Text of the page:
169 euro’s later you might find yourself the proud owner of the Netatmo weather station. Forget old school weather station contraptions that are bolted to the outside of mouldy cabins in the woods. These 2 battery powered cylindrical devices (one for the inside and on for outside) have sensors for temperature, humidity, CO2 levels, Decibel levels, Air quality and more. Nice if you are “in the room” but with the wifi hookup you can access this info anywhere you go.
A very easy setup process lets you setup an account with Netatmo and install their mobile application on your favorite Android or IOS Tablet or smartphone to access your weather station from anywhere.
I must be honest : At first we thought .. What are we gonna DO with this ? But the fact that you can access the “real time” indoor and outdoor weather stats on your portable device ANYWHERE is pretty darn cool. But the real fun starts when you start looking at the “logs” of all the sensory information collected by the Netatmo. Instead of just “sayin” the weather was good the last week, you can just whip up your phone and show off a very detailed graph of the moisture level in your garden over the last 23 days.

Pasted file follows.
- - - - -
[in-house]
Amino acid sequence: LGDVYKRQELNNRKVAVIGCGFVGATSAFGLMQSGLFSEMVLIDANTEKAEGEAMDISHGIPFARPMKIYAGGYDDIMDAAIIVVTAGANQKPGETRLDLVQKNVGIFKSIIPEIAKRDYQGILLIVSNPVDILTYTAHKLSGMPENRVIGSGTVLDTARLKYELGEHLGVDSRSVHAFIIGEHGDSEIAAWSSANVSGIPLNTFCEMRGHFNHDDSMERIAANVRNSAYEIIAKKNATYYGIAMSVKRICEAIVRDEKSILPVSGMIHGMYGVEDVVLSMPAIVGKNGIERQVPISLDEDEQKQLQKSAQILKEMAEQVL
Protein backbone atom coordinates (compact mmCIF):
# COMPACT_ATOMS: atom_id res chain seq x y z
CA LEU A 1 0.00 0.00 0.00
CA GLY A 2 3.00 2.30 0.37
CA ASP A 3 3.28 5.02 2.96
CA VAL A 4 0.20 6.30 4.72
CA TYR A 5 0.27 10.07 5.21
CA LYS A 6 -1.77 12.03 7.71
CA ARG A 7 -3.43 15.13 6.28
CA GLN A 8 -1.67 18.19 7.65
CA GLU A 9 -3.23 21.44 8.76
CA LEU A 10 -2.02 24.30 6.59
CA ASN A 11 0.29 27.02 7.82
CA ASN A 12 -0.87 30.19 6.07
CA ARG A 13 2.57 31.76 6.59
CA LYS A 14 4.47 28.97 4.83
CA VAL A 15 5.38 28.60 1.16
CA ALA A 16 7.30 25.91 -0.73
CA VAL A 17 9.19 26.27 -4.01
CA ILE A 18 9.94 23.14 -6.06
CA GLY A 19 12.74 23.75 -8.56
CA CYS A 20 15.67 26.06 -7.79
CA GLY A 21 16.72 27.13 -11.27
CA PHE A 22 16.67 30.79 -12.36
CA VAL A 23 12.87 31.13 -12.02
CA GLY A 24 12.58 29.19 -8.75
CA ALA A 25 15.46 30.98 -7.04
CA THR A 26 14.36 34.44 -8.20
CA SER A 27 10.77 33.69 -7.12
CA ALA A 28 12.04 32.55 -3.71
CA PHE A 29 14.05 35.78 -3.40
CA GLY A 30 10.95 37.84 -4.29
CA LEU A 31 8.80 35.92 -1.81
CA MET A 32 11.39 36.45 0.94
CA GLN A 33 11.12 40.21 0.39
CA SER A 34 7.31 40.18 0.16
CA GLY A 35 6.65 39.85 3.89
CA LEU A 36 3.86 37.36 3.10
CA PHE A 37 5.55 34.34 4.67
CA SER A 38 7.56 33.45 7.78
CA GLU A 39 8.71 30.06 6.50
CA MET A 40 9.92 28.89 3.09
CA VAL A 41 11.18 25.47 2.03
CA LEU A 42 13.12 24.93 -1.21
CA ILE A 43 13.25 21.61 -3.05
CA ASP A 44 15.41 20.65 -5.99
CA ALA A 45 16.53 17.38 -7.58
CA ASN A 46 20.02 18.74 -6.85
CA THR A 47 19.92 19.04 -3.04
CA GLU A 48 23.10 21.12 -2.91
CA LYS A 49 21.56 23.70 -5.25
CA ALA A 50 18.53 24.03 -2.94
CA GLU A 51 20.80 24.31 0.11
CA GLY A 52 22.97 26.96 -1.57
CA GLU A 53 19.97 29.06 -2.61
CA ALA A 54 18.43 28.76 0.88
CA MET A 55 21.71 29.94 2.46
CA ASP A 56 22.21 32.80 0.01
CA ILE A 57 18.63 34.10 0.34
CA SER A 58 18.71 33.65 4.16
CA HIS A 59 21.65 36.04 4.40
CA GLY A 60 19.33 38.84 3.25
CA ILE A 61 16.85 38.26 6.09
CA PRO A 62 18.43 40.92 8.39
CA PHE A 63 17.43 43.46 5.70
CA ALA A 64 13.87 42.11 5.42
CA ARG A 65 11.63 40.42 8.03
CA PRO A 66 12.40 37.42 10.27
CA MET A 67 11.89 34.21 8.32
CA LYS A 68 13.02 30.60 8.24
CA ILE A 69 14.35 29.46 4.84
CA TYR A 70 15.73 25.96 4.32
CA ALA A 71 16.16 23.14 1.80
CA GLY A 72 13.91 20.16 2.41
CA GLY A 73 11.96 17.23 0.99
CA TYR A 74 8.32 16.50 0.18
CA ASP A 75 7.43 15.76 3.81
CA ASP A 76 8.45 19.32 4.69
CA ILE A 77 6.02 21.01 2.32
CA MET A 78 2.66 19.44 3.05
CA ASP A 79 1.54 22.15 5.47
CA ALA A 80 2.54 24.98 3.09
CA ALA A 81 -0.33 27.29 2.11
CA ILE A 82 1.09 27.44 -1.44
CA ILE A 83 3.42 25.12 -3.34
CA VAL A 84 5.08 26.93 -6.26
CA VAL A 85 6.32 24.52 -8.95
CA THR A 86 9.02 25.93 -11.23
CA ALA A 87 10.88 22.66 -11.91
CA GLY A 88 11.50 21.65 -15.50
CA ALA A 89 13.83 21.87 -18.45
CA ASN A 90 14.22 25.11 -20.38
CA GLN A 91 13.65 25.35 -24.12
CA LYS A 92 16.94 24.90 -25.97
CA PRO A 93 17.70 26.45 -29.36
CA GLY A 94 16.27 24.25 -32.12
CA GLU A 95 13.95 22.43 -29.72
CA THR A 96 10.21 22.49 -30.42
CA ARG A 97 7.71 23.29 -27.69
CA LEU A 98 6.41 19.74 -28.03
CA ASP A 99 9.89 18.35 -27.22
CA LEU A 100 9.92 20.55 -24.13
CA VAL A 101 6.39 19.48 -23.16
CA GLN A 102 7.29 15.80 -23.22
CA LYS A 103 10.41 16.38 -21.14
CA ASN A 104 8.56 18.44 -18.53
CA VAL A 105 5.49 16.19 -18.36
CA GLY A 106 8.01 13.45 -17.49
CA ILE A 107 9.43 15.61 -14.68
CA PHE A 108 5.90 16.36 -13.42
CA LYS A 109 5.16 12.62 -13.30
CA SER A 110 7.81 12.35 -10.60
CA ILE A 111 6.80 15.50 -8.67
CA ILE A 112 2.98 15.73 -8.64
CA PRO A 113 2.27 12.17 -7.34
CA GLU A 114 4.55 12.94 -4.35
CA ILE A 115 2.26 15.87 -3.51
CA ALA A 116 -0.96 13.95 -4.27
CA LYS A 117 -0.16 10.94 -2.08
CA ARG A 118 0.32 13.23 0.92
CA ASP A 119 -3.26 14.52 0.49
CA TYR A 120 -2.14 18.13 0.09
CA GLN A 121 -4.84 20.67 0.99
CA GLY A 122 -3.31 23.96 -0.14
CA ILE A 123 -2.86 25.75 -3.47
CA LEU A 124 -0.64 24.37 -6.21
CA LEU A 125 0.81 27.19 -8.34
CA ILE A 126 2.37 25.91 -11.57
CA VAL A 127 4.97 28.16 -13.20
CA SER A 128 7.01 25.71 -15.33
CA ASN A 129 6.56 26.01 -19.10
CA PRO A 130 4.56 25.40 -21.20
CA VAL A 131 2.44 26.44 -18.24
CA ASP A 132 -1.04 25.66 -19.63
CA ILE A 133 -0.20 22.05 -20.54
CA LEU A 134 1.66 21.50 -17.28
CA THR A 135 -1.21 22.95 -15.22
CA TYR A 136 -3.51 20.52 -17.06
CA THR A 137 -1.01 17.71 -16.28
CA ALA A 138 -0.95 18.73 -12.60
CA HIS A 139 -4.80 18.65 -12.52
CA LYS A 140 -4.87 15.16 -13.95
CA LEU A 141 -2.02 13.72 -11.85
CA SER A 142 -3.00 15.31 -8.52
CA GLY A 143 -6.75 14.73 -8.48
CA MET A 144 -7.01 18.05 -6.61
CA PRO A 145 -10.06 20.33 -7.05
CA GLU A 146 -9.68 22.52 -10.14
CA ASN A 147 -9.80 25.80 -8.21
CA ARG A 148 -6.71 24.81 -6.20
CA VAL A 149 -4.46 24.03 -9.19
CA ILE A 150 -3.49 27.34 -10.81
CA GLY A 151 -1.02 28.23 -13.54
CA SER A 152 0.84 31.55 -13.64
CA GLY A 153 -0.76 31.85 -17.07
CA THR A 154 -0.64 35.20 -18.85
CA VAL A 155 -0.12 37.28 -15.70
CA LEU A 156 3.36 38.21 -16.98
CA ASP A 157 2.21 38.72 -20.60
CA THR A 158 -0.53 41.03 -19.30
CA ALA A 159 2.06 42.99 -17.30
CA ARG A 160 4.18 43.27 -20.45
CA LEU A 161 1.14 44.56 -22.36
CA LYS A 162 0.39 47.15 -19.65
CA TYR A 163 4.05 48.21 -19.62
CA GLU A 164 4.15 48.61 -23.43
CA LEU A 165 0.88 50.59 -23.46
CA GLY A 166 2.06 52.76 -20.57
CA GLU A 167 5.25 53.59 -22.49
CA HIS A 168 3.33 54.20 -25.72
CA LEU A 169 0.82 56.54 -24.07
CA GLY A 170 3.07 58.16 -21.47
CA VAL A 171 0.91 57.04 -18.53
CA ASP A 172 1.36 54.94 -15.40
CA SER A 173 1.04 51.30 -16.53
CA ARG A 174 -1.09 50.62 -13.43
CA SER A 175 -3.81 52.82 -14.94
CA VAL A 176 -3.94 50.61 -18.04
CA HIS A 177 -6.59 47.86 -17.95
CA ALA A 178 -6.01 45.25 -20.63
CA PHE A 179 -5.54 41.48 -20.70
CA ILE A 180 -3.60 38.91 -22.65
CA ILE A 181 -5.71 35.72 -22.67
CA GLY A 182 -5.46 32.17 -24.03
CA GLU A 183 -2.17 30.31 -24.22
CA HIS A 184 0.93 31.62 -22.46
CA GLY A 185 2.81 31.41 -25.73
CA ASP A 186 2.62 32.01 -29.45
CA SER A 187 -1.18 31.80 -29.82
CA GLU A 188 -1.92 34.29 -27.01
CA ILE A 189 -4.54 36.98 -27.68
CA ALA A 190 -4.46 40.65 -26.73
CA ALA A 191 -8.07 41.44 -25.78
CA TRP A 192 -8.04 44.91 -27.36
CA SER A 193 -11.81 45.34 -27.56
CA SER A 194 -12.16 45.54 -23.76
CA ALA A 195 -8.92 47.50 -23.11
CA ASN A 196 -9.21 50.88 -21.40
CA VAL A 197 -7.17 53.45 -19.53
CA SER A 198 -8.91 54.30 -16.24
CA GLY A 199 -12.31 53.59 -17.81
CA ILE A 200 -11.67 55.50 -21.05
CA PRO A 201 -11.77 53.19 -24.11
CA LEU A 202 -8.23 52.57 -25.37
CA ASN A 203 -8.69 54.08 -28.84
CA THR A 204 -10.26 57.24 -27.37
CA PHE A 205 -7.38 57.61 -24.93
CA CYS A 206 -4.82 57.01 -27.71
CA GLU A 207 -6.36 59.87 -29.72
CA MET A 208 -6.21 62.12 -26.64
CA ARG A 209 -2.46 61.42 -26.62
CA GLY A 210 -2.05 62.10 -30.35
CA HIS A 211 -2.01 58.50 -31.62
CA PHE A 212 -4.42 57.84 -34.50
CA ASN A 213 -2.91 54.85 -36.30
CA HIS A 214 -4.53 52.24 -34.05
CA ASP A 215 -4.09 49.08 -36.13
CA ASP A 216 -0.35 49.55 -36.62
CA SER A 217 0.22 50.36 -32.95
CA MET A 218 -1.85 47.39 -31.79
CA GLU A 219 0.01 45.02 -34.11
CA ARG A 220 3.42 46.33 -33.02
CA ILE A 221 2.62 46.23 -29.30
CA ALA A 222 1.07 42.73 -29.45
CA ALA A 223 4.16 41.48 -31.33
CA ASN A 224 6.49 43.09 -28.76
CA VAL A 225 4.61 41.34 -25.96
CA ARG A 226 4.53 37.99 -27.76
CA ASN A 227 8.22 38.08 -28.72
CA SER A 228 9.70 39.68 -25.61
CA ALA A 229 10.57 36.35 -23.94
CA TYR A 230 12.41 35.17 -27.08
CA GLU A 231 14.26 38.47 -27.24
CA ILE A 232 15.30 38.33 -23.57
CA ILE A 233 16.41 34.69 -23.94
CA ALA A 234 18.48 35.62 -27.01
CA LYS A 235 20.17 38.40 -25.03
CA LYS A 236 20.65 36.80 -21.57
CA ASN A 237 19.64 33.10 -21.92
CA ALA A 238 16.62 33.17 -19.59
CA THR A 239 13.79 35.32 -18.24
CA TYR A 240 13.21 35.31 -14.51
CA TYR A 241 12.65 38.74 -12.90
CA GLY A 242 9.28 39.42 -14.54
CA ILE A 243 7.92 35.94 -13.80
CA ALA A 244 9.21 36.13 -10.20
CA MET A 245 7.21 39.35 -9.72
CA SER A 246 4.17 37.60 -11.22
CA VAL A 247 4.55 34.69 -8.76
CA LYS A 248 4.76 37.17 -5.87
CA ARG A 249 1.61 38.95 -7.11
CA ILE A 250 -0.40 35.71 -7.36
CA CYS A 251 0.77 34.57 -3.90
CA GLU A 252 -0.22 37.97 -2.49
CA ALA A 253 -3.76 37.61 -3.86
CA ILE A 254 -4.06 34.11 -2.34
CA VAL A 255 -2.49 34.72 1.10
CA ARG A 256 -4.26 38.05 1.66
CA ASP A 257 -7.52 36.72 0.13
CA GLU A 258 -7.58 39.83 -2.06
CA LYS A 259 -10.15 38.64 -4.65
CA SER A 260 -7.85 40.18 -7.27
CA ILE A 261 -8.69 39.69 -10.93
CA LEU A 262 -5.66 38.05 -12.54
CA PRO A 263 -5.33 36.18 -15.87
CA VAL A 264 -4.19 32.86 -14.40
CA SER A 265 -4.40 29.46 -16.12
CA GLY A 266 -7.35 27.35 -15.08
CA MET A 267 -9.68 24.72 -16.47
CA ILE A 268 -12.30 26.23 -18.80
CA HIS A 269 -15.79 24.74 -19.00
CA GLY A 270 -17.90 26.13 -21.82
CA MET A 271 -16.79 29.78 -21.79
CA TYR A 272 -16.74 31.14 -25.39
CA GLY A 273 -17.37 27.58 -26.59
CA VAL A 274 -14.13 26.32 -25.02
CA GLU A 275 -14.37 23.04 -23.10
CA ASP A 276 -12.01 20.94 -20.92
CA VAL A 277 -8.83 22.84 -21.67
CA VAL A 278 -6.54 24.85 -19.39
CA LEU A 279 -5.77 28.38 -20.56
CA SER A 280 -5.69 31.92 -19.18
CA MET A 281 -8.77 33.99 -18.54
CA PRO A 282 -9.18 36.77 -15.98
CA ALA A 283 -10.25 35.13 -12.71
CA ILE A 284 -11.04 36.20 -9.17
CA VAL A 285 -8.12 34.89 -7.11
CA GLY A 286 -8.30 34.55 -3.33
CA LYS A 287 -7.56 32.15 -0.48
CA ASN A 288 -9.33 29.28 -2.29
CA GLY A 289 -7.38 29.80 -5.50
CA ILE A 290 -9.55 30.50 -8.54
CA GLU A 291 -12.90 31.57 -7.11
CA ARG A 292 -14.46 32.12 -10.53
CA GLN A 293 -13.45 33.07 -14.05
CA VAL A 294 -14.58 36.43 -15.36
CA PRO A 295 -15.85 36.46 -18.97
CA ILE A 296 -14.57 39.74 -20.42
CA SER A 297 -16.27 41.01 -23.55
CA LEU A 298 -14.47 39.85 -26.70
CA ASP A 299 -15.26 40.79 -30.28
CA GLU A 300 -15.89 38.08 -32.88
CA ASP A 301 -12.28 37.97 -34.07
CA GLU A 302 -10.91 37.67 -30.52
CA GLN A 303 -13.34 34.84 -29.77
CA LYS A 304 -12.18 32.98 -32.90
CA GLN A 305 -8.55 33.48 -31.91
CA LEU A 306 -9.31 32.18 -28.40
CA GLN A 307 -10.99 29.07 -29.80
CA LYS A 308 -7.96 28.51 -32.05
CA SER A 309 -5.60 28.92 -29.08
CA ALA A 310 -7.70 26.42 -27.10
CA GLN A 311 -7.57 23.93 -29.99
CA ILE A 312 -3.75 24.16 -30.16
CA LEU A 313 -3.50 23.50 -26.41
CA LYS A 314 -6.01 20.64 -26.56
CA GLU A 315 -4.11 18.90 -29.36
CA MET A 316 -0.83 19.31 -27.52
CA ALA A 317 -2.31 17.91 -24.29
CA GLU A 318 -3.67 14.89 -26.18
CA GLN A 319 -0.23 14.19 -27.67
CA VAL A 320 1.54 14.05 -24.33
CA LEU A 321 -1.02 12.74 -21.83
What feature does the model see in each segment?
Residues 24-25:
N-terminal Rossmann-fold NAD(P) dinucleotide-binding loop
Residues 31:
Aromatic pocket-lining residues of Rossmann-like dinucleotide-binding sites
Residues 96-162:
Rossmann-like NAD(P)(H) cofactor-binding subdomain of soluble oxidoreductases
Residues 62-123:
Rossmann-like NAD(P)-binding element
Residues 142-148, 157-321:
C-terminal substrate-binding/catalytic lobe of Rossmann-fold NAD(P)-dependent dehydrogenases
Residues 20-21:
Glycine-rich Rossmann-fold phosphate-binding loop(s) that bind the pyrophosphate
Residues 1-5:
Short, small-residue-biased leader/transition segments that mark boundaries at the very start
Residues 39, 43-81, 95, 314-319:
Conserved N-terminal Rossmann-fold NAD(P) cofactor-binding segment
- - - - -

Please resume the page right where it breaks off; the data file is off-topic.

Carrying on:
The power of the Netatmo lies in its well designed apps for the IOS and Android platform. Though the sensory range of the Netatmo is “limited’ ( We find that a Geiger counter would be a nice geeky addition) the total package is pretty cool. The sound meter is great but may give you the accidental ability to find out what weeknights your parents have sex. Whether you will be using your Netatmo on a daily basis once the gadget-factor wears of is something that we don’t know but it sure is cool to play with.
At a 169 Euro’s for the basic set (additional outside modules available) the Netatmo is not cheap but if weather stations are your thing , this is one of the best geek-friendly ones you can get. With its high build quality, pretty design and perfect app execution the Netatmo never ‘rains on your parade’ .